During the coffee boom of the 1850s the Portuguese began cultivating both crops intensely off the back of slave labor. Portuguese colonies abolished slavery in 1858, yet the laborers continued to be exploited. Many were “contracted” from the Portuguese colony of Angola where recruiters followed the old slave routes deep into the interior and the recruiting process was rumored to be forced (Nevinson, 1906). Workers were paid for their work on the islands, but wages were low and the death rates (as much as 20%) were high. Alcoholism was widespread as a result of soulless work, depression, and cheap imported Portuguese wine.

Laborers signed 5-year contracts, which were automatically renewed, and no workers ever returned to their homeland. In the early 1900s, the English challenged Portuguese policy implying that workers were not allowed to leave freely, making them slaves on the islands. Its suspicious labor practices had already made São Tomé & Príncipe one of the world’s biggest producers of cacao.

Cadbury Brothers began importing cacao beans from São Tomé and in 1901, William Cadbury heard that the island’s cacao was produced by slave labor, after coming across an advertisement for the sale of a São Tomé plantation. Included in the sale were the plantation laborers, indicating that the workers themselves were considered property. Cadburry joined with Frys, Rowntrees and the Stollwerck chocolate firm of Cologne, and together sent Dr. Joseph Burtt to investigate conditions on the islands and in Angola (Kiesow, 2017). Burtt reported that Angolan people were taken to the islands “against their will, and often under conditions of great cruelty”, and that it was almost unknown for them to return to their homeland (Higgs, 2013).

The dark and cruel reality of chocolate was, however, soon revealed to the rest of the world. In Harper’s Magazine, Nevinson (1906) described the São Tomé of 1904 as, “a hot-house climate of burning heat and torrents of rain.’ The type of conditions that, ‘kills men and makes the cocoa tree flourish.” Nevinson (2015) later said the death rates were highest among child slaves, with most dying within a few years because, “it was very difficult to convince them to live through the misery and homesickness” (Nevinson, 2015).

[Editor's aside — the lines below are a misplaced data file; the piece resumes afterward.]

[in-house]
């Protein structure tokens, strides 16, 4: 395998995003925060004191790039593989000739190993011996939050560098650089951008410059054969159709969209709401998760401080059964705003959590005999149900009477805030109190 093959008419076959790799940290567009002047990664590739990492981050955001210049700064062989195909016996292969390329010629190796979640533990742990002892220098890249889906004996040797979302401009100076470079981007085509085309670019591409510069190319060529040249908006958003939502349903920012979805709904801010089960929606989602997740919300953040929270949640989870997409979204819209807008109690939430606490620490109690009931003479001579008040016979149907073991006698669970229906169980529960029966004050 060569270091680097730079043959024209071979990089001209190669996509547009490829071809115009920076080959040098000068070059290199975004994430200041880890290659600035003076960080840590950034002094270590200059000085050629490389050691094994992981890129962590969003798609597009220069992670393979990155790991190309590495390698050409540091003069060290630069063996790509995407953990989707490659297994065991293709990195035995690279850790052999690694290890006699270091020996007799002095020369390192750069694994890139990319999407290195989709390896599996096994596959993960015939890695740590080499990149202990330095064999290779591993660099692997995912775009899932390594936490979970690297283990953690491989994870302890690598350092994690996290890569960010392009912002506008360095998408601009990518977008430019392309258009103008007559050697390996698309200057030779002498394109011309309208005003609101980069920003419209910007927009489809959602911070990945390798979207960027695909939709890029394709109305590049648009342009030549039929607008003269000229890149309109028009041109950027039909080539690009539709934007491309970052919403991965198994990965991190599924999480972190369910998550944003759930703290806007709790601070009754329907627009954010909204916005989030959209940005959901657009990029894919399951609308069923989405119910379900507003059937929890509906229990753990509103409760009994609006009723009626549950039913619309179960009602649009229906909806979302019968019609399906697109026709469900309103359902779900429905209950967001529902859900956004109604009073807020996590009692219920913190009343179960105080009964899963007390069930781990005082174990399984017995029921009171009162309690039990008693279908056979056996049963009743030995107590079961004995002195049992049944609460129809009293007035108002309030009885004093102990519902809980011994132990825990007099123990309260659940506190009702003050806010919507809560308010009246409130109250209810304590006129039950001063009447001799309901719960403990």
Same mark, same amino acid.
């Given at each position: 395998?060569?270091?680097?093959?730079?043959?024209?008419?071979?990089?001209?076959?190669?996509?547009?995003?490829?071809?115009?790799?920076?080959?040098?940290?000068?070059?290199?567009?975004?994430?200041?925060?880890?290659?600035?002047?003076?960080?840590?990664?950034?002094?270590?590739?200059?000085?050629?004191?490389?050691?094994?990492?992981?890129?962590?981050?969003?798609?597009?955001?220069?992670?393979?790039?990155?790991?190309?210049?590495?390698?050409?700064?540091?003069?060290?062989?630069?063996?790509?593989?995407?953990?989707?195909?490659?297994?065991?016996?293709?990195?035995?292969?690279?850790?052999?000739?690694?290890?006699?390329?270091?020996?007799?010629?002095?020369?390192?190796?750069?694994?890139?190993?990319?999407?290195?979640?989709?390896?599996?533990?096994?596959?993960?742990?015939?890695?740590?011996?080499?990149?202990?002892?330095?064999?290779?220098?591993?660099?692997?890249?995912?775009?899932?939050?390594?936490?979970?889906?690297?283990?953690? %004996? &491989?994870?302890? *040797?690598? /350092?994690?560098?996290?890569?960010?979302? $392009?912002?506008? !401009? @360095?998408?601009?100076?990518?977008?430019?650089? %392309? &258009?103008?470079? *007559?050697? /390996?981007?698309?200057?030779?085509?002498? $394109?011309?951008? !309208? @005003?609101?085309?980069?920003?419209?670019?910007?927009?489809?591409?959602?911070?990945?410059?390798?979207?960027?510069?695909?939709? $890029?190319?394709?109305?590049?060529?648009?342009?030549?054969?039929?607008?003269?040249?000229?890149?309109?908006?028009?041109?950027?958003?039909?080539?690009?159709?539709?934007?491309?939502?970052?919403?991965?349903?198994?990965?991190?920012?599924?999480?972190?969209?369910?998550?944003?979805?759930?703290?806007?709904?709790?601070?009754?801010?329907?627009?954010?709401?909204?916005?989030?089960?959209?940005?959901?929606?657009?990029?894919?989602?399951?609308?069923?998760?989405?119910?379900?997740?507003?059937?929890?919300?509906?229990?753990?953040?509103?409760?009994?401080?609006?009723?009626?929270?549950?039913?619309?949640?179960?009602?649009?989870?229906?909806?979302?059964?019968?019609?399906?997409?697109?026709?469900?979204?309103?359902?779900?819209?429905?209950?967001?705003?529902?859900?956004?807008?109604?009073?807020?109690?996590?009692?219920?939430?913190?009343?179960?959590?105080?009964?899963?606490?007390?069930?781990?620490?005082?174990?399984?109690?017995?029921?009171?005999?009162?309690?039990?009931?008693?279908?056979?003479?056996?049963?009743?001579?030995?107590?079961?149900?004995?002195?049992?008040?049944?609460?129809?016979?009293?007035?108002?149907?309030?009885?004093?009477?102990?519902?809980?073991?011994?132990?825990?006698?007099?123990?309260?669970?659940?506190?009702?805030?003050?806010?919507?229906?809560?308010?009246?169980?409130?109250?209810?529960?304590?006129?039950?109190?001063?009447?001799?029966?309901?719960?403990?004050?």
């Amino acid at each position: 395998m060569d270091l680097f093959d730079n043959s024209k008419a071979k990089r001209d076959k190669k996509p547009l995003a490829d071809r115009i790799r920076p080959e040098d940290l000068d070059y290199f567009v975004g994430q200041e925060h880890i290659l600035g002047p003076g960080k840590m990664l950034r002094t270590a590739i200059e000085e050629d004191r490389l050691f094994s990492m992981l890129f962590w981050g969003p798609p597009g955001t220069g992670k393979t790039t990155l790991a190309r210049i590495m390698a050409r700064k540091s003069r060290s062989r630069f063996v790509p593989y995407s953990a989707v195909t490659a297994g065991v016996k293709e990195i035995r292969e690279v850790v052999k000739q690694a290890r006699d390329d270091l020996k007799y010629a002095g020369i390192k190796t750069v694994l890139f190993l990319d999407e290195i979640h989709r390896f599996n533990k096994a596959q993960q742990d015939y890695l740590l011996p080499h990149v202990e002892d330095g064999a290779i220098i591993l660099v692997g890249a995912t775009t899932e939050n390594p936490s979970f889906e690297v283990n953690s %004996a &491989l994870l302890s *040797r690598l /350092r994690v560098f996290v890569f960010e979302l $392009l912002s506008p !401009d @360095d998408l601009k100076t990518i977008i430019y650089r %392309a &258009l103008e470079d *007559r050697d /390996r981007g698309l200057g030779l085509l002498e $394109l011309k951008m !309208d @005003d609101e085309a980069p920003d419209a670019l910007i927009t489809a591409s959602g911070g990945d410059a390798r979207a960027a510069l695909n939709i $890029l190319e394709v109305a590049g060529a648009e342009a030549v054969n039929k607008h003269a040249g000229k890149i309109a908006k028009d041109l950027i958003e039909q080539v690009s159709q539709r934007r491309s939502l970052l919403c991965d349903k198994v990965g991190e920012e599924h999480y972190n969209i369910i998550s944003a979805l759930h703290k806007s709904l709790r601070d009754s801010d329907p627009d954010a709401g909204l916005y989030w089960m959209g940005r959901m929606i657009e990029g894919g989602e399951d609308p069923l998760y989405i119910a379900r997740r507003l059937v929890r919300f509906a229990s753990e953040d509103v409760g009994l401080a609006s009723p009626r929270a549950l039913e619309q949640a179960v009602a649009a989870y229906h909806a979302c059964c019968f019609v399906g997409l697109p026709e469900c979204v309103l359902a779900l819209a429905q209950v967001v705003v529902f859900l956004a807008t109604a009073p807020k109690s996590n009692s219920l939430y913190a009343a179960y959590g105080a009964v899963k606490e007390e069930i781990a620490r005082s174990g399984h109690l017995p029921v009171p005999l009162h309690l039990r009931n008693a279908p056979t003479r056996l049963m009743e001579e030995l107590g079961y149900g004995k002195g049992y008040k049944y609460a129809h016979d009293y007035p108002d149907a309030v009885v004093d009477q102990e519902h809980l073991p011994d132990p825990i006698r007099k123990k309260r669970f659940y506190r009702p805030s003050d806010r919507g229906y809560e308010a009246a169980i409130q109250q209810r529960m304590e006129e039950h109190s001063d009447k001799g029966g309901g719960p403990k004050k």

As Western consumers reacted with shock and disgust to those news, much of the production moved from São Tomé to the plantations of Ghana and the Ivory Coast, which did not make use of slave labor. As Ghana and the Ivory Coast had increased their cacao production to meet demand, many of the plantations were unable to sustain themselves and the once glorious plantations fell into disrepair across the islands.

Independence from Portugal finally came about in 1975, making São Tomé & Príncipe one of the last few African countries to throw off the shackles of colonial rule.

Today

São Tomé & Príncipe remains one of the world’s poorest countries. However, despite the islands’ reputation for quality cacao, one would not find chocolate for sale at the local Mercado Municipal. To associate cacao purely with pleasure would do an injustice to the island’s history. If one were to savor a rich piece of chocolate while reflecting on the trials of slavery and those who once worked on cacao fields, chocolate would surely take on a bitter taste.

The good thing is that the island nation’s cacao industry has moved on from its dark history. Organic cacao farming, today, is a sustainable type of farming, both for farmer’s incomes and for the environment. The growing demand for organic cacao (cacao beans that are not treated with synthetic fertilizers, herbicides or pesticides) has presented a whole new opportunity to São Tomé & Príncipe.

One interesting fact to note is that none of the primary crops grown by slaves, such as cacao, coffee, sugar, and tobacco, were necessary to sustain human life. Can we therefore argue, that slavery is a very early byproduct of a consumer culture that revolves around the purchase of goods that bring us pleasure but not sustenance?

References

Coe, S. & Coe, M. (2013). The true history of chocolate. London, UK: Thames & Hudson.

Higgs, C. (2013). Chocolate Islands: Cocoa, slavery, and colonialism. Athens, OH: Ohio University Press.

Kiesow, S. (2017). Cocoa culture on São Tomé and Príncipe: The rise and fall of cocoa on the islands in the nineteenth and twentieth centuries. Agricultural History, 91(1), 55-77.

Mintz, S. (1986). Sweetness and power. London, UK: Penguin Books.

Nevinson, H. (1906, February). The slave-trade of to-day. Conclusion. The islands of doom. Harper’s Magazine, Retrieved from https://harpers.org/archive/1906/02/the-slave-trade-of-to-day-conclusion-the-islands-of-doom/

Nevinson, H. (2015). A modern slavery – Scholar’s choice edition. Wolcott, NY: Scholar’s Choice.